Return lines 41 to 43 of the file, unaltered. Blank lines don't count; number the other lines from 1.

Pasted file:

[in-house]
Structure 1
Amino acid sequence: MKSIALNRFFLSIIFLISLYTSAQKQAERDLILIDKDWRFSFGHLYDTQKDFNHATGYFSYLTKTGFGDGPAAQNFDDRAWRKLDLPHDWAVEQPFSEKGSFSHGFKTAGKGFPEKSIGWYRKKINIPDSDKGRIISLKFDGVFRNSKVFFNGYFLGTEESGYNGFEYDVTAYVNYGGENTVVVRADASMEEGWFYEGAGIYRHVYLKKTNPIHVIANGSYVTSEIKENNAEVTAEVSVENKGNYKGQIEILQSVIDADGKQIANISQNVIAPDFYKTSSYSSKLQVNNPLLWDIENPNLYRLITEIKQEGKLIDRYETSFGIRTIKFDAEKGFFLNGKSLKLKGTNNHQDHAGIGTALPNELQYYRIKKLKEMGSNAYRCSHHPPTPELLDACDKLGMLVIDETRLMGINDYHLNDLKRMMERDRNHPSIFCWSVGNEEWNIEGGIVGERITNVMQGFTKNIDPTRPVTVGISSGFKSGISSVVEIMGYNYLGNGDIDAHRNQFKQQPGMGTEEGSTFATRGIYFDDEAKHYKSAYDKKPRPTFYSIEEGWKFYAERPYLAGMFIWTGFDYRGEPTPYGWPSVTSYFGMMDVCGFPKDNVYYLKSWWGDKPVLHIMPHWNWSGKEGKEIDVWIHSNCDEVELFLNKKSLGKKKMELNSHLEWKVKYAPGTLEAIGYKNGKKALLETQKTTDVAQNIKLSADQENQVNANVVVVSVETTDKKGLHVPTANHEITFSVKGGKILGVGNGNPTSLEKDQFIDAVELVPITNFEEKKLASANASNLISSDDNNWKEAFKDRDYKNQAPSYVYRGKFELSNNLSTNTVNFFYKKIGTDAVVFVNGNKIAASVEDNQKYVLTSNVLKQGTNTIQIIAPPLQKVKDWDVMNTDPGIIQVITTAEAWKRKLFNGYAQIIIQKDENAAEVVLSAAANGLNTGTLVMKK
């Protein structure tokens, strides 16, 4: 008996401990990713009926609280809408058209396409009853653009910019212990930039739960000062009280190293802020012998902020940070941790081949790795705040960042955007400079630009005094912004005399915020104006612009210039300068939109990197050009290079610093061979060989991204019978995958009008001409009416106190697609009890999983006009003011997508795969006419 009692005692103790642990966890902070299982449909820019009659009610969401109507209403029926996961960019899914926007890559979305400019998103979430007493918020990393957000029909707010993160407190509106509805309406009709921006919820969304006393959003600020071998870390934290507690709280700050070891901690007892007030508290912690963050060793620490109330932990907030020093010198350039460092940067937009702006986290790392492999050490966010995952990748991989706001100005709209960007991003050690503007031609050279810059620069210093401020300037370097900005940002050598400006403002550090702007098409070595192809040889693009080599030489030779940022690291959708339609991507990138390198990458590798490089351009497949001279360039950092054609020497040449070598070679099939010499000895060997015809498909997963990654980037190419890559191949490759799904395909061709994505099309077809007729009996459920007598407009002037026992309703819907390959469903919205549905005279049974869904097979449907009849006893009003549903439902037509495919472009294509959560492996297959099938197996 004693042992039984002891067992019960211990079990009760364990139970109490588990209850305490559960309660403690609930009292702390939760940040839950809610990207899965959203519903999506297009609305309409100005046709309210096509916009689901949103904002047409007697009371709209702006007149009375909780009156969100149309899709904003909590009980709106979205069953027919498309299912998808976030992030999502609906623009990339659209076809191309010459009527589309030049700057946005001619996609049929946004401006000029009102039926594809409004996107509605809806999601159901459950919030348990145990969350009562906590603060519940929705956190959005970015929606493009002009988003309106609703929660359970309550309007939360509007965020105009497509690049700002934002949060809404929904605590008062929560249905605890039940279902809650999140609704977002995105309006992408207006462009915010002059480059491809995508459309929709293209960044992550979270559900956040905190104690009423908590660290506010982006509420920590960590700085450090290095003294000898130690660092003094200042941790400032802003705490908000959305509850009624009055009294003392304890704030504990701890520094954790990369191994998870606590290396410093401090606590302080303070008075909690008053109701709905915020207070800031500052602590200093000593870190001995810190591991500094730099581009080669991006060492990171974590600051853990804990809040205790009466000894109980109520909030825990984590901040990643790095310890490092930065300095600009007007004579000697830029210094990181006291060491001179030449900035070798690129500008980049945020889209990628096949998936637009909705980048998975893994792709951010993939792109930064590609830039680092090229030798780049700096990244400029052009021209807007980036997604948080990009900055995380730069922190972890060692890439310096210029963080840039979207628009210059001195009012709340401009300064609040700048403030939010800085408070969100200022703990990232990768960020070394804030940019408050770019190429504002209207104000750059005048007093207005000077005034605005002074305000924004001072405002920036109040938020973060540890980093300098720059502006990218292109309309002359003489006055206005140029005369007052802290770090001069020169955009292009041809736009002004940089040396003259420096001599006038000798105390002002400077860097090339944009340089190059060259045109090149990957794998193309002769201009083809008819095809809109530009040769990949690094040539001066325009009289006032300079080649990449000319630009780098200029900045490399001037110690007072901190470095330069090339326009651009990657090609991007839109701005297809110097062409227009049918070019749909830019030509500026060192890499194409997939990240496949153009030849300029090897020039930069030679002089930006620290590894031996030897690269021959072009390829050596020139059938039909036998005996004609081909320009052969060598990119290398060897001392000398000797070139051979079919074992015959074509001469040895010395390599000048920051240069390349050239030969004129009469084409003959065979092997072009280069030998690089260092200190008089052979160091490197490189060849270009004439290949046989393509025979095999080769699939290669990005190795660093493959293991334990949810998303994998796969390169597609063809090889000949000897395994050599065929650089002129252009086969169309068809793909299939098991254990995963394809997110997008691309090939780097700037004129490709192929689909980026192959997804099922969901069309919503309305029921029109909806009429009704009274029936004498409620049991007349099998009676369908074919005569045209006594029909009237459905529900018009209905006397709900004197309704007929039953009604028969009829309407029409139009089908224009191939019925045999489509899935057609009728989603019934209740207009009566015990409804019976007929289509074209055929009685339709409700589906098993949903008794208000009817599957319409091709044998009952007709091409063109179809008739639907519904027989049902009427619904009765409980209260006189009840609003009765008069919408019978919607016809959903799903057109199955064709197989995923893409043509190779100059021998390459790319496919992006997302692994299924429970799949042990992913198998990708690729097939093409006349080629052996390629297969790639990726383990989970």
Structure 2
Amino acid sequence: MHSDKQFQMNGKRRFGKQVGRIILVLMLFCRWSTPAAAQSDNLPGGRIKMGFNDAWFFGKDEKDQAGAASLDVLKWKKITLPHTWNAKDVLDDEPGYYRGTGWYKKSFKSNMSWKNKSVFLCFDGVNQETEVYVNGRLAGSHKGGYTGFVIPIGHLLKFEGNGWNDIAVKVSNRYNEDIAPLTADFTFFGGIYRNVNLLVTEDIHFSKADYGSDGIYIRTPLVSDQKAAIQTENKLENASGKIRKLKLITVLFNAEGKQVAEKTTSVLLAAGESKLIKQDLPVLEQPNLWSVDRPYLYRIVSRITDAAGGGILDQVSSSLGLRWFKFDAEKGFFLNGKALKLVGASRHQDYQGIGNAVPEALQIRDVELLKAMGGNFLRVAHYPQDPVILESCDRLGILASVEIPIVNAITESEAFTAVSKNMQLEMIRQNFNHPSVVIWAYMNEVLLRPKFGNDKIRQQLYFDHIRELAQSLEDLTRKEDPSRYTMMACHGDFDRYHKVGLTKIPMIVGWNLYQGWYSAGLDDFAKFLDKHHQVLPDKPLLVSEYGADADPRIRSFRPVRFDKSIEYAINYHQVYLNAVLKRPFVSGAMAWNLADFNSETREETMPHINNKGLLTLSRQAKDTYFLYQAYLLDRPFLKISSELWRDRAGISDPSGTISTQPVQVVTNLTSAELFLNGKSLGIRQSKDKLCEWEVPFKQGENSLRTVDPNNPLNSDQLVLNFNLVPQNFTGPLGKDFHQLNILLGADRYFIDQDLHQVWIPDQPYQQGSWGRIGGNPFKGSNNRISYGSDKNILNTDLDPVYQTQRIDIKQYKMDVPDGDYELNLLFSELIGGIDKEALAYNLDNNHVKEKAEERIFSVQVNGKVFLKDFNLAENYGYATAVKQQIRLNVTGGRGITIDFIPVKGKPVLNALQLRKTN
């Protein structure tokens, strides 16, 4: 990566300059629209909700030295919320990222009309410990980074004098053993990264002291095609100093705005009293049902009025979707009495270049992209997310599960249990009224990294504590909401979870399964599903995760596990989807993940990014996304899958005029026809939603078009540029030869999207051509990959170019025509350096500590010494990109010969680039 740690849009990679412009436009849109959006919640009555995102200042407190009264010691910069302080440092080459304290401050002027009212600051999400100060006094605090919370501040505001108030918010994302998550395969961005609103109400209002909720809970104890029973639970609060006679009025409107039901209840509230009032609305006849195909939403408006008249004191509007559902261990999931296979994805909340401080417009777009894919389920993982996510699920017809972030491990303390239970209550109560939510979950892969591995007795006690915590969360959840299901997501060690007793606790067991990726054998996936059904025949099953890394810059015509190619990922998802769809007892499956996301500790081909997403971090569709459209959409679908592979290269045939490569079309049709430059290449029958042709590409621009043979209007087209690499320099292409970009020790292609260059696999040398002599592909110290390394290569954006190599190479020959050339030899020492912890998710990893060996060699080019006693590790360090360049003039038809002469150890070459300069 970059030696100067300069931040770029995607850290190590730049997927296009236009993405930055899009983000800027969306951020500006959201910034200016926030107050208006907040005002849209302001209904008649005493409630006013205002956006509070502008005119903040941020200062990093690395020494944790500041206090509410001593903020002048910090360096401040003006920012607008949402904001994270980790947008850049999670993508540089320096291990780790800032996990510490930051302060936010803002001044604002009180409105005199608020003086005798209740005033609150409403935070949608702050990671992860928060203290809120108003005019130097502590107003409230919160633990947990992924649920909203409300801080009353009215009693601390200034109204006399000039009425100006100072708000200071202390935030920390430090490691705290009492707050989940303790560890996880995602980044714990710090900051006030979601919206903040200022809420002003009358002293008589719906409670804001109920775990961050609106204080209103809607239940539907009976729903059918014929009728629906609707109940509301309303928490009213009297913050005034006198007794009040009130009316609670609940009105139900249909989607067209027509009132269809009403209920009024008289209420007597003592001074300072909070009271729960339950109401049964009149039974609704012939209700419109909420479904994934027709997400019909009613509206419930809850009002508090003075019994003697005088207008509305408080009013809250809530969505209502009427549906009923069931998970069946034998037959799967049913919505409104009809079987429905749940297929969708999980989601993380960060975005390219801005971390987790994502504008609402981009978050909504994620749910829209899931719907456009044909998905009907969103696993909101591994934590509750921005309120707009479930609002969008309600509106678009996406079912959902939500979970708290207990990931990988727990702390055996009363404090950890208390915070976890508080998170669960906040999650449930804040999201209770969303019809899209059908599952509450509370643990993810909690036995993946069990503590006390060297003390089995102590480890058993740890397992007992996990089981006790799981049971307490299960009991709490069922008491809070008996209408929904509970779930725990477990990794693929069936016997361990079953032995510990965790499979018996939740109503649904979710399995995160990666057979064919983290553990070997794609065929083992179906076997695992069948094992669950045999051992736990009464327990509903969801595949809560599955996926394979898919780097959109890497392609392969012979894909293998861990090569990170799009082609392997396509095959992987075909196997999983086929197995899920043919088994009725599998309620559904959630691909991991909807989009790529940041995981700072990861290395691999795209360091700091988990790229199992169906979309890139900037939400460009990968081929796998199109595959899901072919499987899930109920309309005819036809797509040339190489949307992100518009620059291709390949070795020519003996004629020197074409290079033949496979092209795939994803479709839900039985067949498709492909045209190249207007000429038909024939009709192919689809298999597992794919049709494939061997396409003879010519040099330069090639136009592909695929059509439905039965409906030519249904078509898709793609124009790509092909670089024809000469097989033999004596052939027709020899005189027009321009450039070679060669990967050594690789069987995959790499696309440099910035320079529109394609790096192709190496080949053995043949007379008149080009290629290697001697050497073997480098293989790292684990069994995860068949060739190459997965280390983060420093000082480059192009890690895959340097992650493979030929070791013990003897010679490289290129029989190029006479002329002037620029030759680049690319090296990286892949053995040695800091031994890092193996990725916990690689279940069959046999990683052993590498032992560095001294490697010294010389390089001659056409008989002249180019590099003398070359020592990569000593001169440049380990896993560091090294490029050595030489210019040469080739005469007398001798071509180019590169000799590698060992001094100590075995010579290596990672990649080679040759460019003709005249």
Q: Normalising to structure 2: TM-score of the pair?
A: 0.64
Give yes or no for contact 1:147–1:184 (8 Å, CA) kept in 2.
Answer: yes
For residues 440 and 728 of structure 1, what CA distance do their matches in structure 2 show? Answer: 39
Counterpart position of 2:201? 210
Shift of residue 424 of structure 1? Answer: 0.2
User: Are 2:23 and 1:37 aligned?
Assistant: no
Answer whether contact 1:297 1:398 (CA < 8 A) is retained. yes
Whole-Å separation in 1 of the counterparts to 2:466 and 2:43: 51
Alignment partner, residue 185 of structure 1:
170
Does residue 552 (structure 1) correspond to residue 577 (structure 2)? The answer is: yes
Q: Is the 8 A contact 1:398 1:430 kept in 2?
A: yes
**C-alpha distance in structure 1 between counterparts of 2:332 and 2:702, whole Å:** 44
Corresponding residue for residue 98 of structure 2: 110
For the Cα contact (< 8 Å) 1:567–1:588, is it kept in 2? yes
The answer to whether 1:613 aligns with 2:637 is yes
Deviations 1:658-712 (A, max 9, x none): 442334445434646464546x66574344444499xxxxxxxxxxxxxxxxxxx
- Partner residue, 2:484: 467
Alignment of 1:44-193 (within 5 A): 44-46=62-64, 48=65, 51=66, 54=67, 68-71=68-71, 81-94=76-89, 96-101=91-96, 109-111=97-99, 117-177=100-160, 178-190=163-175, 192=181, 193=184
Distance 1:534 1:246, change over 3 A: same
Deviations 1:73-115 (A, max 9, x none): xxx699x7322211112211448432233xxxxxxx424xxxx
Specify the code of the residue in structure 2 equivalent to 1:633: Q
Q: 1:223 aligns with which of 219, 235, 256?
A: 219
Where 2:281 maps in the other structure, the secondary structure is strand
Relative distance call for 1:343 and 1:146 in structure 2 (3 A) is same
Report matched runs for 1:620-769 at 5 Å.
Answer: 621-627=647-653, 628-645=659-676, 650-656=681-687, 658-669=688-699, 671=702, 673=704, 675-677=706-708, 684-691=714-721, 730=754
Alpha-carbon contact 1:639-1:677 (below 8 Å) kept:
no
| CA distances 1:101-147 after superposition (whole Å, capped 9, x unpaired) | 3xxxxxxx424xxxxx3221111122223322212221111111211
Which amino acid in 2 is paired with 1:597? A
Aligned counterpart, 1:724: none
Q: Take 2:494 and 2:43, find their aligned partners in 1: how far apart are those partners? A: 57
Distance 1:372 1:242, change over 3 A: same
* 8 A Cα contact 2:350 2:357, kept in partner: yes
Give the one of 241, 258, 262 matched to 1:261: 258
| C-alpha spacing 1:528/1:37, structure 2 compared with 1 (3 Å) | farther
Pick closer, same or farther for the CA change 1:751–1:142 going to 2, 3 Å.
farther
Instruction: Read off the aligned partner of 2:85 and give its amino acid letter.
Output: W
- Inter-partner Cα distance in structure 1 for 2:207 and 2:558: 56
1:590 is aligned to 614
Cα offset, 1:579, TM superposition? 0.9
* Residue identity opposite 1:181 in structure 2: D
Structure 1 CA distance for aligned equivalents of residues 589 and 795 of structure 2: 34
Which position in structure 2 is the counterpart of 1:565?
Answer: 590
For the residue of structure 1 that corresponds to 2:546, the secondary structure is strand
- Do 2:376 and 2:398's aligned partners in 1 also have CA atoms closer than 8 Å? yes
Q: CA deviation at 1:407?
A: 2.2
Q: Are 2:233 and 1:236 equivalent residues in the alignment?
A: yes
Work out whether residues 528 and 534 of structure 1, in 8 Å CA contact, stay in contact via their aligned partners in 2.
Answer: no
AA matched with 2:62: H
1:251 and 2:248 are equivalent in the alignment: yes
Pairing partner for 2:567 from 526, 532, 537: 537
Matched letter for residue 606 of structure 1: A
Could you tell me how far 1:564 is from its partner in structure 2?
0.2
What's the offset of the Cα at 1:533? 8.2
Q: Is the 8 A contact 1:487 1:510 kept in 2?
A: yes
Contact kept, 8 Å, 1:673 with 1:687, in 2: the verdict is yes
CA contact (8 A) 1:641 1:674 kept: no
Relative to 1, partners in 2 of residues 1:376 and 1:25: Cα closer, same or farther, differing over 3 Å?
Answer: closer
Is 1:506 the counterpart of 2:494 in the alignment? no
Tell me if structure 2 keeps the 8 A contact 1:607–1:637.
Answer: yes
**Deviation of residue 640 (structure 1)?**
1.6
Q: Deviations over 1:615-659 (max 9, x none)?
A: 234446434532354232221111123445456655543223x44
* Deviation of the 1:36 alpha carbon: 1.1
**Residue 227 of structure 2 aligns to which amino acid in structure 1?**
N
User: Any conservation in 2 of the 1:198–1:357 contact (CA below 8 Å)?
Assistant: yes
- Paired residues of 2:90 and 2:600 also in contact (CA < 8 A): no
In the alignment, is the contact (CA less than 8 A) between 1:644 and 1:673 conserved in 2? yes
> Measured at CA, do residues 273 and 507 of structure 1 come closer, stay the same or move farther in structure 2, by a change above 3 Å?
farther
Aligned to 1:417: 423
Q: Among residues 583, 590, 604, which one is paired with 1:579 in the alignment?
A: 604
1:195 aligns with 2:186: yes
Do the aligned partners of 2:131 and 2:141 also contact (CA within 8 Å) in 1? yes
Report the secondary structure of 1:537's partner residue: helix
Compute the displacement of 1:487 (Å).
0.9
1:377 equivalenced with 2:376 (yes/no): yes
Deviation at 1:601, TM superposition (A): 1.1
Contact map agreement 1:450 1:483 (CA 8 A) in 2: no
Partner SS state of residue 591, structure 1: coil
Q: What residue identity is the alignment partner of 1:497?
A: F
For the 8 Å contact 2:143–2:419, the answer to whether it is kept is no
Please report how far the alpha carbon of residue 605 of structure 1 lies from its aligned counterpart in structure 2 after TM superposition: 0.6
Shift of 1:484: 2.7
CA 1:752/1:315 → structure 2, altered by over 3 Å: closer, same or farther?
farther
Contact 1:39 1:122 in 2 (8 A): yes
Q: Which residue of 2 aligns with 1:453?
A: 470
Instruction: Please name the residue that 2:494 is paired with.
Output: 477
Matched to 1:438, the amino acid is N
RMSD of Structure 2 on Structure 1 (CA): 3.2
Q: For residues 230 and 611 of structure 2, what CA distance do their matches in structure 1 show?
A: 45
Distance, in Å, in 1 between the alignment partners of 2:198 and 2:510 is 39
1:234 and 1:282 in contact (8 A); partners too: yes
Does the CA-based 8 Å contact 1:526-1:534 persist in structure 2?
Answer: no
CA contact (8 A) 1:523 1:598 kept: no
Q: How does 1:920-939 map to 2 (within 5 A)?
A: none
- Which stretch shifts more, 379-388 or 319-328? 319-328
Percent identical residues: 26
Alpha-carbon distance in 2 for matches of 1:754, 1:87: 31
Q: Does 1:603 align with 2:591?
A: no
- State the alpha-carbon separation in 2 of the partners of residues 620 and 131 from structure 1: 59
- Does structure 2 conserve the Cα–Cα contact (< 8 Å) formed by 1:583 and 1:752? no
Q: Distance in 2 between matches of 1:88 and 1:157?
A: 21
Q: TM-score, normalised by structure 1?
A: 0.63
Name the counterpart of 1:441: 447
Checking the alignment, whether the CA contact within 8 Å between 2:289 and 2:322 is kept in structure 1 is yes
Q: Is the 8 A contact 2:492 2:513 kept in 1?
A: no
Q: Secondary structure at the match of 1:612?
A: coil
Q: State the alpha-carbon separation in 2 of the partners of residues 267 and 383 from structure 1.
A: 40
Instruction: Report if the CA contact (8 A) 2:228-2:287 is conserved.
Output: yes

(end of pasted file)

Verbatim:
no
| CA distances 1:101-147 after superposition (whole Å, capped 9, x unpaired) | 3xxxxxxx424xxxxx3221111122223322212221111111211
Which amino acid in 2 is paired with 1:597? A